projects > fire ecology of south florida wetlands
Fire Ecology of South Florida Wetlands
|The main objective of the study is to look for long-term changes resulting from different fire regimes.
A long history of lightning- and human-caused fire in south Florida has resulted in fire-dependent ecosystems over most of the area. South Florida contains a large area of public lands subject to woodland fire, with the National Park Service (NPS) managing over 4,000 km2 of such lands in Big Cypress National Preserve and Everglades National Park. Fire management, both wildfire suppression and wildfire, is a major natural resource management activity throughout the area.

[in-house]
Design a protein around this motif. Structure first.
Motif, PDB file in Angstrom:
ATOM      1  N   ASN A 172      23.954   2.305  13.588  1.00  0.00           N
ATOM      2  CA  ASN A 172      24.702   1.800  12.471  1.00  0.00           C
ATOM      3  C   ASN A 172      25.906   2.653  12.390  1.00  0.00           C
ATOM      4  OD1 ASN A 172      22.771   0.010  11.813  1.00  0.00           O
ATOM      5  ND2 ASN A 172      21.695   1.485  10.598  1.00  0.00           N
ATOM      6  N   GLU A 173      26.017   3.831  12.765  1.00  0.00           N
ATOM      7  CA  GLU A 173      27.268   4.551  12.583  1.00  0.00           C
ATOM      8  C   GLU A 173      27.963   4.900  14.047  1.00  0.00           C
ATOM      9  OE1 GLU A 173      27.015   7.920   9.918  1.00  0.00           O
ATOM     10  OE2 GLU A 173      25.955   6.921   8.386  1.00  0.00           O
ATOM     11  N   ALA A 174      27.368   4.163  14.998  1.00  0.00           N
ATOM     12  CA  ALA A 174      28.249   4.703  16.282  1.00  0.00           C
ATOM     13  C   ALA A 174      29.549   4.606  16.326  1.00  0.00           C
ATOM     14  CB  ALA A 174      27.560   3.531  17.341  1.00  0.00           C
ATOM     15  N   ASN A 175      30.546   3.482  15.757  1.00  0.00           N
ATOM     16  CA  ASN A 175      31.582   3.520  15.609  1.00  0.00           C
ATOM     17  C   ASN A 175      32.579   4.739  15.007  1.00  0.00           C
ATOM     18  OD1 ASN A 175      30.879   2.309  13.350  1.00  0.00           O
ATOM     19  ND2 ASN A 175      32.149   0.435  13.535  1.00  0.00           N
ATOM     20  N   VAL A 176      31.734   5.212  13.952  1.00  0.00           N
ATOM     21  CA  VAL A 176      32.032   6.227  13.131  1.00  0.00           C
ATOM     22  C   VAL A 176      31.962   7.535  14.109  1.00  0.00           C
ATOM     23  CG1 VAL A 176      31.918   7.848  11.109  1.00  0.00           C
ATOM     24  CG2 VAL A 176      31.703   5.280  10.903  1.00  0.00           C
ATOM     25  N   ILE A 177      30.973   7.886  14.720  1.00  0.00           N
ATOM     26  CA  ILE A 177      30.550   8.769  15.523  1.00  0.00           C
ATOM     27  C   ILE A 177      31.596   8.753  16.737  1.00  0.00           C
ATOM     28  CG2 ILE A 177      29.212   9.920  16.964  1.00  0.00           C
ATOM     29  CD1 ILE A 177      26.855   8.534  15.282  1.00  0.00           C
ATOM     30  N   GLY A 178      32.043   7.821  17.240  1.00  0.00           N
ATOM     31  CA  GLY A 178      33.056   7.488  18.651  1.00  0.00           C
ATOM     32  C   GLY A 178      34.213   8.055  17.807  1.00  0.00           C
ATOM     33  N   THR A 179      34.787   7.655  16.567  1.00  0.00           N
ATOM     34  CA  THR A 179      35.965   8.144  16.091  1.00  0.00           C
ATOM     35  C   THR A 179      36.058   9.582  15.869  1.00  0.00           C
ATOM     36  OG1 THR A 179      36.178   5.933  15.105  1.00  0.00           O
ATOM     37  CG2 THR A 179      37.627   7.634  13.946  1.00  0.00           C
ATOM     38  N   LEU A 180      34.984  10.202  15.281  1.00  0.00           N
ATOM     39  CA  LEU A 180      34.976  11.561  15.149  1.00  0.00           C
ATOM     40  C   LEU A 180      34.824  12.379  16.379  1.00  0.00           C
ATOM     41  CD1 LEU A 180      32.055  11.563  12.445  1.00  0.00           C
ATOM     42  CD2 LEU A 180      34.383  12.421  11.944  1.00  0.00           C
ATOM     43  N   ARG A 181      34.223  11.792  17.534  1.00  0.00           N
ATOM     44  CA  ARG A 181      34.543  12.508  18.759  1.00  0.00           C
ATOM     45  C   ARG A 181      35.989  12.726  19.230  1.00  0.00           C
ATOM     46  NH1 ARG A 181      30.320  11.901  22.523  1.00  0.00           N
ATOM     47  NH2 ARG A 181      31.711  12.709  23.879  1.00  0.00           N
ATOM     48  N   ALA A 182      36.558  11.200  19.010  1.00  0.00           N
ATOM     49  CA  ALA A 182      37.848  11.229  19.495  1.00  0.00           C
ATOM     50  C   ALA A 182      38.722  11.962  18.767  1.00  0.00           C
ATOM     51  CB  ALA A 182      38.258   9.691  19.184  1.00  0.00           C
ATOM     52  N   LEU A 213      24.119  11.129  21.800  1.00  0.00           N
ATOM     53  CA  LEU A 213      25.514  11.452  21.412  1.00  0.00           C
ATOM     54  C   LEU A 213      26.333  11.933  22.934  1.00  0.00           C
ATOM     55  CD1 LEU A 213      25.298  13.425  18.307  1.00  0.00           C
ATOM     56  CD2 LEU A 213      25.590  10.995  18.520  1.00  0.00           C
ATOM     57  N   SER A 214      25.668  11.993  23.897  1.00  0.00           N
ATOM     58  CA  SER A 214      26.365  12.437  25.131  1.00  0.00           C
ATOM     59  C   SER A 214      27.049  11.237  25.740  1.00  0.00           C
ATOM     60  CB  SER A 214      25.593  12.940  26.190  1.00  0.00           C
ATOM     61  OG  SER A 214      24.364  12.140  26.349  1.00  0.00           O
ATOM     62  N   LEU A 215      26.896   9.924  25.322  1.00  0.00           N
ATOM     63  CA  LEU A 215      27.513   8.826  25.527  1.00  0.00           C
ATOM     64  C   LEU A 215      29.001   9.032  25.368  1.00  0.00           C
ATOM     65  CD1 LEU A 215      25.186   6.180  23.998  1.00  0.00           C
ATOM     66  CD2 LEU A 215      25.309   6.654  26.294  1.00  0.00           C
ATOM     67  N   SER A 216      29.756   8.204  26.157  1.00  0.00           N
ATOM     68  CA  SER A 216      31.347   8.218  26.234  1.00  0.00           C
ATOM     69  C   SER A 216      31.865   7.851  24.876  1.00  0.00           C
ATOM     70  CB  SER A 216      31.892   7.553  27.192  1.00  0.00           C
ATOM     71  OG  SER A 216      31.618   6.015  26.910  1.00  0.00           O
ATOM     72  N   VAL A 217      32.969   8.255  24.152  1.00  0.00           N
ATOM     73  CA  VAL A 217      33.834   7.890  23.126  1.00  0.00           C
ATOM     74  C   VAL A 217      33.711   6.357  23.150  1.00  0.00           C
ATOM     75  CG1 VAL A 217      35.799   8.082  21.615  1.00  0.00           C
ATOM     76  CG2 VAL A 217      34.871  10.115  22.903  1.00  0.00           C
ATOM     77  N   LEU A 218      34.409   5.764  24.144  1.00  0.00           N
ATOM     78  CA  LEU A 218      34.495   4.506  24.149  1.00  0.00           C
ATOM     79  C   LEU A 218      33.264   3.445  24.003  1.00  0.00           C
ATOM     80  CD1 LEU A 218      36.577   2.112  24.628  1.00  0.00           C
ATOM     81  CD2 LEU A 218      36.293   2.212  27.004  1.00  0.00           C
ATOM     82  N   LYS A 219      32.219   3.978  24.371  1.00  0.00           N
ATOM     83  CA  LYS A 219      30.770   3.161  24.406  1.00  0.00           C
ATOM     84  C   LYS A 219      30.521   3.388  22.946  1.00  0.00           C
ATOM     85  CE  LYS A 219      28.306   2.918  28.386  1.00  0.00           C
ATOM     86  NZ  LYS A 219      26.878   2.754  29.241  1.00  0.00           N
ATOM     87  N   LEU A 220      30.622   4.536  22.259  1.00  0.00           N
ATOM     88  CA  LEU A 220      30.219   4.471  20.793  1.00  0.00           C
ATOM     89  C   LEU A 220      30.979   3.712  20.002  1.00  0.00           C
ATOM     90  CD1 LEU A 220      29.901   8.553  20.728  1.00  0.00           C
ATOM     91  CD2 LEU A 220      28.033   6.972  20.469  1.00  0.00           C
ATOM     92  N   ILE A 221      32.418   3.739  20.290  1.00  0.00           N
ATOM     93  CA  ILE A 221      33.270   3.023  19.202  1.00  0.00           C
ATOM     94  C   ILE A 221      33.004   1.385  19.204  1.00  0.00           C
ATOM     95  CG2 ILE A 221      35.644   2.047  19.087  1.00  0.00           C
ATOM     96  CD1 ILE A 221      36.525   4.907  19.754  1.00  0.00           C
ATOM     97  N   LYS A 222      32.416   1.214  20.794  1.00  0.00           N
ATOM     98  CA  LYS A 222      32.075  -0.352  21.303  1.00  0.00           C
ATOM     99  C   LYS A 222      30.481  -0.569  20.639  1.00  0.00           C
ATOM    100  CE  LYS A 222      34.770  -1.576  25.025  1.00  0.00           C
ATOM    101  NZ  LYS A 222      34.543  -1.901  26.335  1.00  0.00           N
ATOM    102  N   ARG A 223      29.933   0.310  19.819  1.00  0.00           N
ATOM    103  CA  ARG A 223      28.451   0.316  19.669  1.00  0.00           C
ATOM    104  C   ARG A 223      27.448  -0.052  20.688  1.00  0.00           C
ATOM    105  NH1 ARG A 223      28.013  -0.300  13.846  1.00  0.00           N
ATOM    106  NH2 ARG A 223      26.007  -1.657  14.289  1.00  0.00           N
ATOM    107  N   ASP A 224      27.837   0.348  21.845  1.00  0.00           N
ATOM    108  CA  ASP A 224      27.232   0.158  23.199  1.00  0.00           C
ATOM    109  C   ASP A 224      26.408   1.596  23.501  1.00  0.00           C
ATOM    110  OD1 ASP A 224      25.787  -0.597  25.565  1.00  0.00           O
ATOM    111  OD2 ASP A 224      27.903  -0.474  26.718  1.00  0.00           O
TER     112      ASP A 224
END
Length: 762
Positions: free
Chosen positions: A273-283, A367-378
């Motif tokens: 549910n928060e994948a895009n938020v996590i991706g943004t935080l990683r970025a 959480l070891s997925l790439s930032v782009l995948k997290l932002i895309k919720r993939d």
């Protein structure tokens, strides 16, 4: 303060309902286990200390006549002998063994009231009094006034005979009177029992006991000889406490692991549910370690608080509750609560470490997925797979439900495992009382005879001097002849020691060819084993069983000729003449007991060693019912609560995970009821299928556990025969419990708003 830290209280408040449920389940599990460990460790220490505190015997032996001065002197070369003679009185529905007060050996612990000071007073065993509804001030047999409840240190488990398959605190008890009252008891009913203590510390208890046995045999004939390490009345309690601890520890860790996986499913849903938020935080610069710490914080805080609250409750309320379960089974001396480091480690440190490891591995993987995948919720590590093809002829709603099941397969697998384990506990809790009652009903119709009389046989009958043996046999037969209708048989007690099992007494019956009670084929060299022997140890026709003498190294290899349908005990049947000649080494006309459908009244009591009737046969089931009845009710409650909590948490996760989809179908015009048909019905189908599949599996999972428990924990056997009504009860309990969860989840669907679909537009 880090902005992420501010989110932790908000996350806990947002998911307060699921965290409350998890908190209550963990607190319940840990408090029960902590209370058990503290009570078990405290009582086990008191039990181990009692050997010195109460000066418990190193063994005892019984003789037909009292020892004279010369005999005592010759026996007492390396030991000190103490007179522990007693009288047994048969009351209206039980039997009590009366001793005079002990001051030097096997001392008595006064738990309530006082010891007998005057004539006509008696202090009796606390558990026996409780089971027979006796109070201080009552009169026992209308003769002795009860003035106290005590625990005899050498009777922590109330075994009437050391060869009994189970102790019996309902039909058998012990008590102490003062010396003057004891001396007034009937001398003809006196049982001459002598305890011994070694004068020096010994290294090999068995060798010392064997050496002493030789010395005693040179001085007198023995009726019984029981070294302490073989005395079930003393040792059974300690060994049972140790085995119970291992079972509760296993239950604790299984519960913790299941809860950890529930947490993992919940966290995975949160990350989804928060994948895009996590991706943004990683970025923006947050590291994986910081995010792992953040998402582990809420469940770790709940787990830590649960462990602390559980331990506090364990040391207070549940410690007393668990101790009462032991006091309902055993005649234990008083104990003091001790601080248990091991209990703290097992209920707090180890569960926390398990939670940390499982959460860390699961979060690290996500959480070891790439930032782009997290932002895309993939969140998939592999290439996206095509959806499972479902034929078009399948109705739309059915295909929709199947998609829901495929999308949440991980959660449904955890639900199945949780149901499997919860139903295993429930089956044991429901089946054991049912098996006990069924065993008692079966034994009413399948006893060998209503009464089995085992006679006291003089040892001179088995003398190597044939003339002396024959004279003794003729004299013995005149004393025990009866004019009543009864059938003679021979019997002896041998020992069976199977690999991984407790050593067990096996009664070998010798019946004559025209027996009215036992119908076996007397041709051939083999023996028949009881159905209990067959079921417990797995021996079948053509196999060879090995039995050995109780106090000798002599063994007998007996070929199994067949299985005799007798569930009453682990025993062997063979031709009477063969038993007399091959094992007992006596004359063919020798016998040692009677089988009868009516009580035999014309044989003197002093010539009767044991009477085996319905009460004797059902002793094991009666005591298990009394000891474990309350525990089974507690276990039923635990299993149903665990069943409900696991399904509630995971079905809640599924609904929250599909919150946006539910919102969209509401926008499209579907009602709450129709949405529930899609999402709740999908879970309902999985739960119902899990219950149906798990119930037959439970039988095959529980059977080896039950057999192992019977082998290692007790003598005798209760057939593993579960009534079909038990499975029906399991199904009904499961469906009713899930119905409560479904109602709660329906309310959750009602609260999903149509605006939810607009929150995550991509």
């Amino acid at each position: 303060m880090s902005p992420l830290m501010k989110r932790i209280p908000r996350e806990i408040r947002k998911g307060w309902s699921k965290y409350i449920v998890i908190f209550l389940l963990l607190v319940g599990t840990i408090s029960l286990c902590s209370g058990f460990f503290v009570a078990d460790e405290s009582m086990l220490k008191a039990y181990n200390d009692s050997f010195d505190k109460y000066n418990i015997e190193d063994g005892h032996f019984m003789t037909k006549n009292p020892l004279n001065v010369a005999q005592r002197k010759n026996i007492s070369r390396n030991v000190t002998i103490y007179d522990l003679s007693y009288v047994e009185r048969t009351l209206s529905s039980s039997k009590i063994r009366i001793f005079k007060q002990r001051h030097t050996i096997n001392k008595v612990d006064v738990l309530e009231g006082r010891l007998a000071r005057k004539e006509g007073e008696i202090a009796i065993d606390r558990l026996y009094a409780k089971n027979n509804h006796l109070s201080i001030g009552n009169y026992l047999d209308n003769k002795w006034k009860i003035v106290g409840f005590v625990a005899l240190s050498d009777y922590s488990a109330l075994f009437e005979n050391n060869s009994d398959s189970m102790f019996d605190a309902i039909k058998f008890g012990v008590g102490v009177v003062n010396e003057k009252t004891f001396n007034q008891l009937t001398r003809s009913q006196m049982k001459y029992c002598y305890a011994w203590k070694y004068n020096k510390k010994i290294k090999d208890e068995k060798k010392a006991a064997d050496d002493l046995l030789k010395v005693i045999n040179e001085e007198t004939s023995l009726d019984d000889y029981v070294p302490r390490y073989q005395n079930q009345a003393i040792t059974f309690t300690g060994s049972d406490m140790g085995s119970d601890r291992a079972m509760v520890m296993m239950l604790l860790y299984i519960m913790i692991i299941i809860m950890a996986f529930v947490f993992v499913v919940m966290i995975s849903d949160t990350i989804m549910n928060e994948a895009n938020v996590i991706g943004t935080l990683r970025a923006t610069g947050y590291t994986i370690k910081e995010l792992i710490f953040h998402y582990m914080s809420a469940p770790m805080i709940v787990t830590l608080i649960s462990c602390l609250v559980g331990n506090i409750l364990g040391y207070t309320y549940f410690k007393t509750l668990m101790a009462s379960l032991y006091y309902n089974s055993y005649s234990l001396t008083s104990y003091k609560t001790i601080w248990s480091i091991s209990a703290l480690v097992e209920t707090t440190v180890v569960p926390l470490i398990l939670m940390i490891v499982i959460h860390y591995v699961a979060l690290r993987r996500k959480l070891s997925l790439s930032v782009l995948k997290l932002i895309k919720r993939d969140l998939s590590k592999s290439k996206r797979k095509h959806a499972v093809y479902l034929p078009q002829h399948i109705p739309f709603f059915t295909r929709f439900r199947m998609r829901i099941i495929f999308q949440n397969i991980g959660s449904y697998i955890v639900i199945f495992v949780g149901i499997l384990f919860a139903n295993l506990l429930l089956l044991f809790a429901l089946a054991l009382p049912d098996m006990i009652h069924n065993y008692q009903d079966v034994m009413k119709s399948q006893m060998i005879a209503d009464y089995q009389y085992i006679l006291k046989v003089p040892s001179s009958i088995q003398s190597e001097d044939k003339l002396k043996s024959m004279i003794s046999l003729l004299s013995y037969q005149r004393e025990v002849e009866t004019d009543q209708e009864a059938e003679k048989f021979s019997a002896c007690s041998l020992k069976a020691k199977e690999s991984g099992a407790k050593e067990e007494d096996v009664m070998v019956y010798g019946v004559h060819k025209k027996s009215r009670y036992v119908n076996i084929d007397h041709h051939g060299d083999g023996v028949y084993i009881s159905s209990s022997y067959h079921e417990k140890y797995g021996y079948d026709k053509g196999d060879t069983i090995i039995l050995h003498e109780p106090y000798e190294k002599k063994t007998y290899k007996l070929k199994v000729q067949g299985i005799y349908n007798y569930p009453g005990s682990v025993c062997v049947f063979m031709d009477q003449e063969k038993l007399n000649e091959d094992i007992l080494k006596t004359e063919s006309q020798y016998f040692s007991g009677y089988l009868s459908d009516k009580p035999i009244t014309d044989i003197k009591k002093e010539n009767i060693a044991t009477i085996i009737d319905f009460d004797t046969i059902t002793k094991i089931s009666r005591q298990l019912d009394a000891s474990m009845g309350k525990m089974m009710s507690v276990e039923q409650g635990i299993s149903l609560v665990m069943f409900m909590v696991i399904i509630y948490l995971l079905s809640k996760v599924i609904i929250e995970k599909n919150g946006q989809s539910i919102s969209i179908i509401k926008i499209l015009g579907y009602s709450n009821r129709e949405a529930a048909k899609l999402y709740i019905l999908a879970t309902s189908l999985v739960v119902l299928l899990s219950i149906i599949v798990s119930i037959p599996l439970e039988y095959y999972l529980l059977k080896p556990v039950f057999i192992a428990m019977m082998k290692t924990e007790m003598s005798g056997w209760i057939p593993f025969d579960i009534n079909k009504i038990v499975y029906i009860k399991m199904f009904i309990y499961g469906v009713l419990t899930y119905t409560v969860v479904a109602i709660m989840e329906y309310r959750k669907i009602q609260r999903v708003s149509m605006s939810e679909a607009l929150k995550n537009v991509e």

The main objective of the study is to establish the baseline conditions and begin the experimental treatments for a long-term study of season and frequency of burning in pinelands and associated cypress wetlands in Big Cypress National Preserve. The long-term study will document the ecological effects of a wide range of potential fire management strategies. The research will provide detailed data on vegetation responses to different burning regimes that will be considered along with wildlife, public safety, and other management concerns in refining prescribed burning programs of Interior lands in South Florida.
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